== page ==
As ESPN college basketball analyst Jimmy Dykes left Tennessee's Thompson-Boling Arena early last Saturday evening after the Volunteers' emotional win over Missouri, he was asked which Southeastern Conference teams should be expected to join Florida in the NCAA tournament.
"I think Tennessee's in and Kentucky's in," Dykes said.
Asked about Mizzou, which was 2-7 on the road in league games, the former Kentucky assistant coach said, "I think Missouri's been in for some time."
If you check out Jerry Palm's projected NCAA bracket on CBS's website, you'll find those exact four SEC teams reaching the Big Dance, with Tennessee and Kentucky headed for Dayton, Ohio, early next week for the "First Four" contests.
But ESPN bracketologist Joe Lunardi provides a less satisfying bracket for the SEC. According to Joey Brackets, Tennessee is currently among the first four out.
Also out, according to both Palm and Lunardi, are Alabama and Ole Miss, though both posted the same league mark as second-place Kentucky (12-6).
So what needs to happen when the SEC tournament begins tonight in Nashville to assure that UT's in the NCAA field, and possibly Alabama and Ole Miss?
First, the Vols must win their opening game Thursday afternoon against the winner between South Carolina and Mississippi State. Otherwise, the Big Orange Nation must brace for a second straight trip to the NIT.
After that, it would seem Cuonzo Martin's bunch must beat Alabama for a second time in three meetings before probably facing Florida in Saturday's semifinals. Conversely, should Bama beat the Vols, the Tide might go dancing and UT pull out its NIT-ting needles.
Given the liquid nature of the 68-team NCAA field at this point -- remember, UT was supposed to be in the field after Saturday's win over Mizzou -- nothing would seem certain to place the Vols in the field short of a win over Florida.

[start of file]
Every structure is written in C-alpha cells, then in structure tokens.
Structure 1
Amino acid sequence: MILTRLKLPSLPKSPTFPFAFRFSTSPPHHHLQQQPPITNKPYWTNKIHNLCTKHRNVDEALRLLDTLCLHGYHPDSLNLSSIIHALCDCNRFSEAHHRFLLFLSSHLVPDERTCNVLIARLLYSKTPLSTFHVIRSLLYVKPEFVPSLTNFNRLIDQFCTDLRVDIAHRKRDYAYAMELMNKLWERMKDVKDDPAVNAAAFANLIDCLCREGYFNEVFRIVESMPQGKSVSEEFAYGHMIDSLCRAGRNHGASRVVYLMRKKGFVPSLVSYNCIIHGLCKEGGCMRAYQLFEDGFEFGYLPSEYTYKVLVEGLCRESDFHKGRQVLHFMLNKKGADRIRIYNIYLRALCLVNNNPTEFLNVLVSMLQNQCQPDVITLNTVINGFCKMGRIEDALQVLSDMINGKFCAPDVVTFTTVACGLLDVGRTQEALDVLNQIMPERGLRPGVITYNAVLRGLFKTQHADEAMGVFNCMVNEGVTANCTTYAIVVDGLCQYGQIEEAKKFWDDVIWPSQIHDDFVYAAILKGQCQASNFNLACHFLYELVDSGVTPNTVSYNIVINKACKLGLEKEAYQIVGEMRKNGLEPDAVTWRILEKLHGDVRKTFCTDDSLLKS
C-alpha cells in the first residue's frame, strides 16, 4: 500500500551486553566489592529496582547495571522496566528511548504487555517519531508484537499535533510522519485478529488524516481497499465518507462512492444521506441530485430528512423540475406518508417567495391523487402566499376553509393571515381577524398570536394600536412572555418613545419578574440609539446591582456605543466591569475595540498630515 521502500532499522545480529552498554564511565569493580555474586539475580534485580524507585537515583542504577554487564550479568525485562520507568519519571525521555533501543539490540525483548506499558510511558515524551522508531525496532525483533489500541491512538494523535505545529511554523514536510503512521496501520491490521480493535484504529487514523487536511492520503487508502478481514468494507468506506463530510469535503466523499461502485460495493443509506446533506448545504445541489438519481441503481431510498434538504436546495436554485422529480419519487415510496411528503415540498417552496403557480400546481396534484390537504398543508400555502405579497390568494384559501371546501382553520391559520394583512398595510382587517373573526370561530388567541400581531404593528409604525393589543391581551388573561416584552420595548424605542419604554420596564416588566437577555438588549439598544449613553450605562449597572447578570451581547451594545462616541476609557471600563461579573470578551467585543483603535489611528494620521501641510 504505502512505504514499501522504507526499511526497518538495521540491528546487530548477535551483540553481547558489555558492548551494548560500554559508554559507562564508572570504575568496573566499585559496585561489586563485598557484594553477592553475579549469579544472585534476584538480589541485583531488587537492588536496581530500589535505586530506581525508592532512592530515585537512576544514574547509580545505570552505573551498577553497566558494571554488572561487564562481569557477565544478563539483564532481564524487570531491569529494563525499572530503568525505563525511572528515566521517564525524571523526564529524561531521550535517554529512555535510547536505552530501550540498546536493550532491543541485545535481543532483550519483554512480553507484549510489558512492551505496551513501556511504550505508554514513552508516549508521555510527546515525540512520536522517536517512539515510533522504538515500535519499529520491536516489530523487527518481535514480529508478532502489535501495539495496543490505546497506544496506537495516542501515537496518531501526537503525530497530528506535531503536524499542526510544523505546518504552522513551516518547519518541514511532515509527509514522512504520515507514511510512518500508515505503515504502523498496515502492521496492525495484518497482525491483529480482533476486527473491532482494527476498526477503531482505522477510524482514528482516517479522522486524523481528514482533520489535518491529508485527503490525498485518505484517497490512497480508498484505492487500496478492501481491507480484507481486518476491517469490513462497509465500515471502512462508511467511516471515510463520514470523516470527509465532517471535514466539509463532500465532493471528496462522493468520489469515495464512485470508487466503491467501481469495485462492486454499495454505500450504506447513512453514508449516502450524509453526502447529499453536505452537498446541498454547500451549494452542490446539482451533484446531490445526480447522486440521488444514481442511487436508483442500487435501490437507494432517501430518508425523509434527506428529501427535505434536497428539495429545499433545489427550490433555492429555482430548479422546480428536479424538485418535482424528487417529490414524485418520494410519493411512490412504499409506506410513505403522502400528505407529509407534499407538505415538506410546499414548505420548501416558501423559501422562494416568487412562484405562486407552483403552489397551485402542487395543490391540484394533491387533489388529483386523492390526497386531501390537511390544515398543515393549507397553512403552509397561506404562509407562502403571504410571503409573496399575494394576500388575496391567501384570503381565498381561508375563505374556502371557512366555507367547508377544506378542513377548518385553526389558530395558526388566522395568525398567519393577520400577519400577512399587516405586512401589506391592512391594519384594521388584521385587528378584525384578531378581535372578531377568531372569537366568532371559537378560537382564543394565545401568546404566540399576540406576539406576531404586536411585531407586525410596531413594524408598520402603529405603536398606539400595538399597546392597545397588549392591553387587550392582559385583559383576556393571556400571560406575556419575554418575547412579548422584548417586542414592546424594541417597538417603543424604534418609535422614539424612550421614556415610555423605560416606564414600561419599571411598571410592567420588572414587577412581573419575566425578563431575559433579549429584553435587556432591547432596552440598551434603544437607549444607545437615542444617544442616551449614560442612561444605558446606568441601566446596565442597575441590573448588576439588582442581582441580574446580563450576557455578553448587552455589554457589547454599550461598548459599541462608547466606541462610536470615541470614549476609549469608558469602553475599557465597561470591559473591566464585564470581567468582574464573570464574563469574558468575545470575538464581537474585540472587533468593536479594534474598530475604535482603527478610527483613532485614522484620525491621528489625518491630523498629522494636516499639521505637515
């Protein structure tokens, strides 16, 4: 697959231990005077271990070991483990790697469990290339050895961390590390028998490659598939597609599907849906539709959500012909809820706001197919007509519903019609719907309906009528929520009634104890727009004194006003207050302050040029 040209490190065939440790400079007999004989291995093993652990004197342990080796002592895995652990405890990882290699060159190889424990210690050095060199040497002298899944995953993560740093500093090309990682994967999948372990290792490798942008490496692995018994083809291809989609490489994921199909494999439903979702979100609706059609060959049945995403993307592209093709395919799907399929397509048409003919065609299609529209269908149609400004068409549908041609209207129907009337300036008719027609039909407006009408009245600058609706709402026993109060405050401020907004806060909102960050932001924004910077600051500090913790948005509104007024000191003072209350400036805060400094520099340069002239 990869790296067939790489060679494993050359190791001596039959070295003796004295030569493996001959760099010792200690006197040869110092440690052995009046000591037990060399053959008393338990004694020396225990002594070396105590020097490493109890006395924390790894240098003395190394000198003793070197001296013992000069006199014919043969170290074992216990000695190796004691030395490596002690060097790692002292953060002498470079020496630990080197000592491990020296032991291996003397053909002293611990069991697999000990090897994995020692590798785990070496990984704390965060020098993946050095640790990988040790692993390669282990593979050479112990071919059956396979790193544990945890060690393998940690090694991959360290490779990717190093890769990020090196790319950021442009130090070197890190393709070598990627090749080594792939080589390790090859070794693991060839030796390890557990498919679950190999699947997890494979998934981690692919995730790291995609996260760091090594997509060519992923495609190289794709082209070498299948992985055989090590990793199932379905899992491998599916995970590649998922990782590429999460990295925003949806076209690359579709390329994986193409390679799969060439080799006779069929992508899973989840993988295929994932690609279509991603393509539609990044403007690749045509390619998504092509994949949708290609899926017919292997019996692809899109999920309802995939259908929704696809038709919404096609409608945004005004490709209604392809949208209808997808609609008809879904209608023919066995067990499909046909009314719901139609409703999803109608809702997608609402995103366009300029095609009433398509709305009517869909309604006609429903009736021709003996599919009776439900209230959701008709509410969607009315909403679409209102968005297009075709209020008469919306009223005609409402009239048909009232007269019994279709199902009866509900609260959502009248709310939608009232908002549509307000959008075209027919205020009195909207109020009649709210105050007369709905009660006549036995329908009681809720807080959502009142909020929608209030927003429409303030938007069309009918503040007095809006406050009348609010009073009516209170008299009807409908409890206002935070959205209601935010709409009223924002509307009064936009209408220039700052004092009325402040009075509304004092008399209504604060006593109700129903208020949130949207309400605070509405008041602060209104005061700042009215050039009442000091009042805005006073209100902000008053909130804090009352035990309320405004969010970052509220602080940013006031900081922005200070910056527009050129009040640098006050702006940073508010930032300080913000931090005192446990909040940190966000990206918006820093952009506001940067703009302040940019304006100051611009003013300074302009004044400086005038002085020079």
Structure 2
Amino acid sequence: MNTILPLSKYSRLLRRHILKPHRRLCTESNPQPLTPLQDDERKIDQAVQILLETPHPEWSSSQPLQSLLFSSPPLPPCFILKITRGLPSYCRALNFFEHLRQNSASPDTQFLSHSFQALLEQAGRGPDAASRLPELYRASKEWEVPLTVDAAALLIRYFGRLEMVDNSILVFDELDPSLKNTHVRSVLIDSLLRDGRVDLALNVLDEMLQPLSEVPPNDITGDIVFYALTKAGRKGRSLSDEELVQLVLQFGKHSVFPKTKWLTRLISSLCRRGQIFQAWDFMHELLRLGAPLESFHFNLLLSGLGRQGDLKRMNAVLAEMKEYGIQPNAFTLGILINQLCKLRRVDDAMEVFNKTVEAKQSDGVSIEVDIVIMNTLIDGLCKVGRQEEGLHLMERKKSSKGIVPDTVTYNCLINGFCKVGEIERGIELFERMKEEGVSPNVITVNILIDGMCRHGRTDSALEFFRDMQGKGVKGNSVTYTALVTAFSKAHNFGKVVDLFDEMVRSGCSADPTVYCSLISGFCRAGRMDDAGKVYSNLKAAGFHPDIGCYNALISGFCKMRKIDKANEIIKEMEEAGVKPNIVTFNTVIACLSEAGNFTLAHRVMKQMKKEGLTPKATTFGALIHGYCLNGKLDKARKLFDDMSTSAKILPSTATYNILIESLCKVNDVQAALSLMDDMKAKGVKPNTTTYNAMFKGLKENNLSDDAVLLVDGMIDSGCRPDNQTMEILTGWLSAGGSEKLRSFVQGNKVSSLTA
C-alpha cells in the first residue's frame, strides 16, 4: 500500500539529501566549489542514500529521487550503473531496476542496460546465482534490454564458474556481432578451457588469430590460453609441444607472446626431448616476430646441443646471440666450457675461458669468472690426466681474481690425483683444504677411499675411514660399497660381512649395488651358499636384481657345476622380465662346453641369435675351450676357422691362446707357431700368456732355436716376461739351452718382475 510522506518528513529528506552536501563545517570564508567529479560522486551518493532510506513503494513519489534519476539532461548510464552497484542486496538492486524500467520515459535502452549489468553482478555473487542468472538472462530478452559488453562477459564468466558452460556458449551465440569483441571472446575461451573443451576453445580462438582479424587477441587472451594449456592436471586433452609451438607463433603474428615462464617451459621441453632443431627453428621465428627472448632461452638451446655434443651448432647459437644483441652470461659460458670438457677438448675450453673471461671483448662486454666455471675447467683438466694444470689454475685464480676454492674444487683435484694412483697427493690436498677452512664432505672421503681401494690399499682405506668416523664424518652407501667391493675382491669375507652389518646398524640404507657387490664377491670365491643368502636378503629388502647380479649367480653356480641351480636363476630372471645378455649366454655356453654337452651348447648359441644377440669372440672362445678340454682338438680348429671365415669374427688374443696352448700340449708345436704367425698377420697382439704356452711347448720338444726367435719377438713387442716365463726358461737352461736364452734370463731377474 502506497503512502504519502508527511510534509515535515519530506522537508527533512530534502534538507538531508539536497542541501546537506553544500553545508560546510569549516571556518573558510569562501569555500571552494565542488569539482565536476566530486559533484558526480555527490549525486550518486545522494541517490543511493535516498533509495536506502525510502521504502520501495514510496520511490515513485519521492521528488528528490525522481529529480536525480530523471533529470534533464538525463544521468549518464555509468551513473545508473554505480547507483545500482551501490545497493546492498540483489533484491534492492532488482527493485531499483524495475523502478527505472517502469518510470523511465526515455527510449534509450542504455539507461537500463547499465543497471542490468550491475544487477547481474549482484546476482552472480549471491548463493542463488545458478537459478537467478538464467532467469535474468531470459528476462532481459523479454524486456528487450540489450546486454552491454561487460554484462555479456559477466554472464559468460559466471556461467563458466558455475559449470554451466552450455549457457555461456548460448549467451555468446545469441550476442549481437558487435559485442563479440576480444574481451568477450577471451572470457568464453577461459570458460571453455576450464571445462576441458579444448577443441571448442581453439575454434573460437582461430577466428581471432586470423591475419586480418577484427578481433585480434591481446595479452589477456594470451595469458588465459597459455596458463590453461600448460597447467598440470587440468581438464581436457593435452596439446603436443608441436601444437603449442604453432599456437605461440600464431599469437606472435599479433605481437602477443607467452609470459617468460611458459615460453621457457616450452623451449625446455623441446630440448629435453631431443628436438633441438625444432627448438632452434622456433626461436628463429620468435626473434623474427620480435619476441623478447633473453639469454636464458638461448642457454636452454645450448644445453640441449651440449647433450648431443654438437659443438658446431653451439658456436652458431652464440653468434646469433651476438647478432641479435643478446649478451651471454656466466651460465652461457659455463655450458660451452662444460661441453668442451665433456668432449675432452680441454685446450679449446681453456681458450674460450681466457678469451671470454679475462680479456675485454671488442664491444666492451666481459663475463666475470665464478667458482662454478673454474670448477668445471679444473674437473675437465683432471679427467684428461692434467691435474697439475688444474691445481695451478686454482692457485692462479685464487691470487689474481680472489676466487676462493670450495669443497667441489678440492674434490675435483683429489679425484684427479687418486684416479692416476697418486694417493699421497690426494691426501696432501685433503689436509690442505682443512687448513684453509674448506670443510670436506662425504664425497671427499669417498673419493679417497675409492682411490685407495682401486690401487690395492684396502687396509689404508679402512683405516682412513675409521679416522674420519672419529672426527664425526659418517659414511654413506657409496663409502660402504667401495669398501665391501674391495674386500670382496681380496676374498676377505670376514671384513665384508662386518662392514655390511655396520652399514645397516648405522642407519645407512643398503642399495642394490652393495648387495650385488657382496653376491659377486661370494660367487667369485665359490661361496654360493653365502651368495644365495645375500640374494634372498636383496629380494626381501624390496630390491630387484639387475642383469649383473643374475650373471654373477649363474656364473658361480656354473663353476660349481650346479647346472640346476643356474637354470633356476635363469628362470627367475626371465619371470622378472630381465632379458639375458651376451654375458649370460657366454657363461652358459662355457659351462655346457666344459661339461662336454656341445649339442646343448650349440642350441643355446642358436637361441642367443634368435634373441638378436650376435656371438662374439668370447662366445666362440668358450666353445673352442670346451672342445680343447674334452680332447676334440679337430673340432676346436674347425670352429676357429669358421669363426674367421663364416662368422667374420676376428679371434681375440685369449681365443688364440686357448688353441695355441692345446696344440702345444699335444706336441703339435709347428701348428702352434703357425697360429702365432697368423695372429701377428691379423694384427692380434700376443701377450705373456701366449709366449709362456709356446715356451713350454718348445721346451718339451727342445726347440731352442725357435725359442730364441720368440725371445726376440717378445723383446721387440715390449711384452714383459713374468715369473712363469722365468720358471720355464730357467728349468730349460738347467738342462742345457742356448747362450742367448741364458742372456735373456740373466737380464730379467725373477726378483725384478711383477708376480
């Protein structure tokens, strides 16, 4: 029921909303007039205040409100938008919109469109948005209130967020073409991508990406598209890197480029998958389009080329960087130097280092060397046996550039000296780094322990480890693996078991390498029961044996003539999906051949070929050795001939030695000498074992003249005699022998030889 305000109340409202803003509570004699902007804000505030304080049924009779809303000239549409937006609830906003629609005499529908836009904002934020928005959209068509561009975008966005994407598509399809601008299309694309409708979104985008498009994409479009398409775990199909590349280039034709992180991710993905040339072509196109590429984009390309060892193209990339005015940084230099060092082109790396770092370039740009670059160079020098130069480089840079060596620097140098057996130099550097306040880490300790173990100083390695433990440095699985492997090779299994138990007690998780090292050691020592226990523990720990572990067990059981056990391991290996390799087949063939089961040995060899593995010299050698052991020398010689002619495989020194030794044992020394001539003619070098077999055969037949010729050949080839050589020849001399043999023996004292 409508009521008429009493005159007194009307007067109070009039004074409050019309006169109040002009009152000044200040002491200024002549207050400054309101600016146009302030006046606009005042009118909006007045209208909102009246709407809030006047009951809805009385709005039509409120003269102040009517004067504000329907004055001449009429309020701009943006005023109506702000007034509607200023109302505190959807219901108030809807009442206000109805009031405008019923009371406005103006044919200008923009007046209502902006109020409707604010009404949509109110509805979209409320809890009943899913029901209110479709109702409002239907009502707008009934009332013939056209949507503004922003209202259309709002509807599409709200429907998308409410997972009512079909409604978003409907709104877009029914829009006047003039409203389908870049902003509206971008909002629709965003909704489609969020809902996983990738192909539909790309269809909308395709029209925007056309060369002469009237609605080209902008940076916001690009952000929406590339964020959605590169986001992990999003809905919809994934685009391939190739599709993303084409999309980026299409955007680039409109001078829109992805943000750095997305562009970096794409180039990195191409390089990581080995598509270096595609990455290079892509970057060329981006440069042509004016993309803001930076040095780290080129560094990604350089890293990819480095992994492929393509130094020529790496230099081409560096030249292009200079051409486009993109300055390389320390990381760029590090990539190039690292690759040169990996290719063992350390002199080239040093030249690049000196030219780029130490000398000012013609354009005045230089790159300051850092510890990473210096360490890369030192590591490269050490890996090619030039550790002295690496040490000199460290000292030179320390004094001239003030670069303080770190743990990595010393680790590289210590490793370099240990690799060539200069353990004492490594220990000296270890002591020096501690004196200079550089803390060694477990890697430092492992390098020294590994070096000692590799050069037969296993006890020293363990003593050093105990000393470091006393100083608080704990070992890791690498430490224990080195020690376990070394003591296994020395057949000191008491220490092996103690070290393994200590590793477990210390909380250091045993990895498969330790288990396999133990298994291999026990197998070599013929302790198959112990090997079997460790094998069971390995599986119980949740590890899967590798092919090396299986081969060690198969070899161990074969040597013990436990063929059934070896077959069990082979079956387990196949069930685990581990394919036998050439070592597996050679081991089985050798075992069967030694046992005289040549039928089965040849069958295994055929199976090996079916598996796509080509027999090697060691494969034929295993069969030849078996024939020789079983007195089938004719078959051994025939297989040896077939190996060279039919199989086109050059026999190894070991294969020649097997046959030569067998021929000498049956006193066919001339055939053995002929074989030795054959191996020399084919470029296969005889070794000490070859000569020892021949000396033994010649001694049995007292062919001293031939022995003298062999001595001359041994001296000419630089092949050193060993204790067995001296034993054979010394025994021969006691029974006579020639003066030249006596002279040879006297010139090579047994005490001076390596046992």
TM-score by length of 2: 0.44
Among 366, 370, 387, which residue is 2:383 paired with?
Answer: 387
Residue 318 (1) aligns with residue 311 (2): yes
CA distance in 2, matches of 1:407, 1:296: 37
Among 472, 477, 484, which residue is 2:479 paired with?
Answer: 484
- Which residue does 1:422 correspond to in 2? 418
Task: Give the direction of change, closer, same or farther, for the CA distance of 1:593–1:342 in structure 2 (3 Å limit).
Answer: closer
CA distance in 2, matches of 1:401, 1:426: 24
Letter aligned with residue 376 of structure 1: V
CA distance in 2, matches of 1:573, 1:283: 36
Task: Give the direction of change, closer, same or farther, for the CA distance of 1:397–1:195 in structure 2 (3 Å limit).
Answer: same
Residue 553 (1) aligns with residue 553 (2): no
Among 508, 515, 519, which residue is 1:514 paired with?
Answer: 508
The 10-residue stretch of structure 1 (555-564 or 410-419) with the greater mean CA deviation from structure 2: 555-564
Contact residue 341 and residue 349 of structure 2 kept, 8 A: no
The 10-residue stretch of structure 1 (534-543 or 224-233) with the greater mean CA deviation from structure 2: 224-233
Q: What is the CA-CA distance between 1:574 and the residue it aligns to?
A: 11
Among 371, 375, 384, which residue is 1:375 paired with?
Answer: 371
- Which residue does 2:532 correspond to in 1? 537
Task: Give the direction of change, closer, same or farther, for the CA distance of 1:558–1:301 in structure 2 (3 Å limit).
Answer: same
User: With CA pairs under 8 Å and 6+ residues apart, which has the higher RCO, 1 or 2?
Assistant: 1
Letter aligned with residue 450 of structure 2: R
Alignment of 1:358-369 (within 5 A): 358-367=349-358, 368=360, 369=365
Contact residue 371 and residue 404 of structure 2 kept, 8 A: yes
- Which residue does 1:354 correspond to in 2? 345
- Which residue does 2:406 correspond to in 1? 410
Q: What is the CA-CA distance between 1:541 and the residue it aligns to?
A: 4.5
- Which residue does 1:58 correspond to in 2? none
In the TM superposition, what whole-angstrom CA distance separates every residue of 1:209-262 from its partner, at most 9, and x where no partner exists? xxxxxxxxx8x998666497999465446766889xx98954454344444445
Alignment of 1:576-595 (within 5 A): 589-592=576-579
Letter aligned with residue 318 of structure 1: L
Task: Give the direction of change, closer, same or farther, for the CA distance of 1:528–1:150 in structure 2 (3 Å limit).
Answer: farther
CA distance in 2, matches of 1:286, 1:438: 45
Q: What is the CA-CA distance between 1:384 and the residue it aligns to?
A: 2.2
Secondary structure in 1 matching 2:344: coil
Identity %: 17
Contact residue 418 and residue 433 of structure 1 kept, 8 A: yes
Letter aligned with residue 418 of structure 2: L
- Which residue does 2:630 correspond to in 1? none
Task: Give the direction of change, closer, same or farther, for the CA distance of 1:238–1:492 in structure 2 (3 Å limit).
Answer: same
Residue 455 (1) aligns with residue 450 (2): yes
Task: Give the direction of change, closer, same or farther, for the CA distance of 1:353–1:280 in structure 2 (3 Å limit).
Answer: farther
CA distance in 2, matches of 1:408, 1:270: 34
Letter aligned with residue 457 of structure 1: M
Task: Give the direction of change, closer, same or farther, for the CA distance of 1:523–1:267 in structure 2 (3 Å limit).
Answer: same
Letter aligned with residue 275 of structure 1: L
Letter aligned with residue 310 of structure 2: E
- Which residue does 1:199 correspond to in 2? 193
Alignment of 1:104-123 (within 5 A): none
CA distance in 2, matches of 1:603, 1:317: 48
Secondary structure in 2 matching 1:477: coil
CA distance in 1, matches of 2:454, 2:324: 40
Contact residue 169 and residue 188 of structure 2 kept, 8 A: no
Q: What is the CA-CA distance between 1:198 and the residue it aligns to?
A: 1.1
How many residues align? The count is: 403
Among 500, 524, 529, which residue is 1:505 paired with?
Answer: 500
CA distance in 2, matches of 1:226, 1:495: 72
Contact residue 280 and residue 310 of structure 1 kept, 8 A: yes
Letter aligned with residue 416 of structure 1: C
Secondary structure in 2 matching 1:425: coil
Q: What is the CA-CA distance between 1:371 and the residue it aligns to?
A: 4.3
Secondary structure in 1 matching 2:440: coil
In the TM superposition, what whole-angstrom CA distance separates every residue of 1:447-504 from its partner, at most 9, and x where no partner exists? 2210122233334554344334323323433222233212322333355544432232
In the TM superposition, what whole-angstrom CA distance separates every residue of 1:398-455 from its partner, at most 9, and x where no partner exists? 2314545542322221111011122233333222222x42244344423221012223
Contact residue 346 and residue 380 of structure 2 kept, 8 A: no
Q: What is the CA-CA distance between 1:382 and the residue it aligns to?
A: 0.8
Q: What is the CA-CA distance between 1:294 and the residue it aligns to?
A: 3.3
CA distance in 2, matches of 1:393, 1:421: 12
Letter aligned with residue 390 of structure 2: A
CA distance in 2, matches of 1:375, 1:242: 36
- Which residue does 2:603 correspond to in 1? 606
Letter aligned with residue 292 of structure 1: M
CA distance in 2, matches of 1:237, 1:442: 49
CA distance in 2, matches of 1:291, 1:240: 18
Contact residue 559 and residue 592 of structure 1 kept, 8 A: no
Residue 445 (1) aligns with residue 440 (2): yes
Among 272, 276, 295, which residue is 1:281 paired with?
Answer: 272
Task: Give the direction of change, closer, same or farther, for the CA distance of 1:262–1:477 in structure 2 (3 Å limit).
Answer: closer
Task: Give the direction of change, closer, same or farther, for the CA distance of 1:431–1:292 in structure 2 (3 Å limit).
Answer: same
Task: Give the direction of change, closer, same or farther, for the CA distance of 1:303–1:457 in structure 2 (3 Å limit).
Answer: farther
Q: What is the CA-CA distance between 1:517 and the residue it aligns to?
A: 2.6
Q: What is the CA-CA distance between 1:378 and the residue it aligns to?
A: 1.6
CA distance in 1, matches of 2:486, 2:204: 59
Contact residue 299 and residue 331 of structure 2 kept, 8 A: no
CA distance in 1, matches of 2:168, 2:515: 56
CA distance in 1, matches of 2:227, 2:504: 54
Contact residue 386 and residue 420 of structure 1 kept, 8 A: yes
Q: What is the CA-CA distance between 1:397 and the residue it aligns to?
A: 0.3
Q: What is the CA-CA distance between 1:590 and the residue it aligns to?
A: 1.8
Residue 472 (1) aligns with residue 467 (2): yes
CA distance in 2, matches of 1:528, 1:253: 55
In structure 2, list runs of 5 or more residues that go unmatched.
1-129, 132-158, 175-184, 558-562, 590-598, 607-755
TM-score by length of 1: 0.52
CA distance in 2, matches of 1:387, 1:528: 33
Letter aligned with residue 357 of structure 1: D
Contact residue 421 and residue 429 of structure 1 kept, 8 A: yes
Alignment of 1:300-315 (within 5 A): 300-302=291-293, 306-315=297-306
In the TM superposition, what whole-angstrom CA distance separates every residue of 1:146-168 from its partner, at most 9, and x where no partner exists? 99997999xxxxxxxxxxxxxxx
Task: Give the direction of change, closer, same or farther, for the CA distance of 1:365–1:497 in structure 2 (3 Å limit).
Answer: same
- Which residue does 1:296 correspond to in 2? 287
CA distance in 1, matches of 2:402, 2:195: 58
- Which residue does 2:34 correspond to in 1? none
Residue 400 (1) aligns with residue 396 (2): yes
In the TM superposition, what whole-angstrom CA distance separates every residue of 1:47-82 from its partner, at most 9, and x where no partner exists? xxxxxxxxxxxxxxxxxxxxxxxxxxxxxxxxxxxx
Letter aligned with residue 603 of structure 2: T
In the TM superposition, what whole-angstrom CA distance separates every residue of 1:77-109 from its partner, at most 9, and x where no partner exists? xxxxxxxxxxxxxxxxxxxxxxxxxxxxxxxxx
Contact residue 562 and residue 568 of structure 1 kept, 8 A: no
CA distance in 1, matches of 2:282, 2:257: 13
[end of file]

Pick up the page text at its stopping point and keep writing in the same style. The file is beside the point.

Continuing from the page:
Beat Florida and the Vols are definitely in.
As for Kentucky, the Wildcats currently may be on the inside looking out, but to ensure their admission, they will have to win their opener against the Arkansas-Vandy winner and would be wise to win their semifinal game against the likely matchup of Mizzou and Ole Miss.
Nor should anyone count out the Rebels if they beat the Tigers and Wildcats. Ole Miss has been in the field more than out since New Year's, and two more victories would make it quite difficult to rebuff them.
One man's argument against Mizzou clearly being in: Yes, the Tigers defeated Illinois in December when that still meant something. But they also lost to Louisville by 23 on a neutral court whereas UK lost by three at Louisville. And if you're choosing one SEC school over another, shouldn't that 2-7 league mark work against Missouri when both UK and UT were 4-5.
Of course, the only reason most of these scenarios must be discussed is because both Palm and Lunardi continue to be convinced that both Illinois and Minnesota are in the field despite losing Big Ten marks (8-10) and struggles down the stretch. The Illini lost three of their last four and the Gophers lost six of their last nine, with three of their final four defeats coming by 16 or more points.
Once again, if you can't finish .500 or better in your league, you don't deserve to go to the Big Dance. Period.
But assuming Lunardi and Palm both are correctly predicting that the Big East will land a preposterous eight bids and the Big Ten seven, the SEC will find it hard to send more than four to March Madness.
And if that's true, Tennessee would appear to need two SEC tourney wins to feel good about making the NCAA field. Unless, of course, the Vols can figure out a way for Dykes instead of the Selection Committee to choose the NCAA tourney's 37 at-large teams.
Mark Wiedmer started work at the Chattanooga News-Free Press on Valentine’s Day of 1983. At the time, he had to get an advance from his boss to buy a Valentine gift for his wife. Mark was hired as a graphic artist but quickly moved to sports, where he oversaw prep football for a time, won the “Pick’ em” box in 1985 and took over the UTC basketball beat the following year. By 1990, he was ...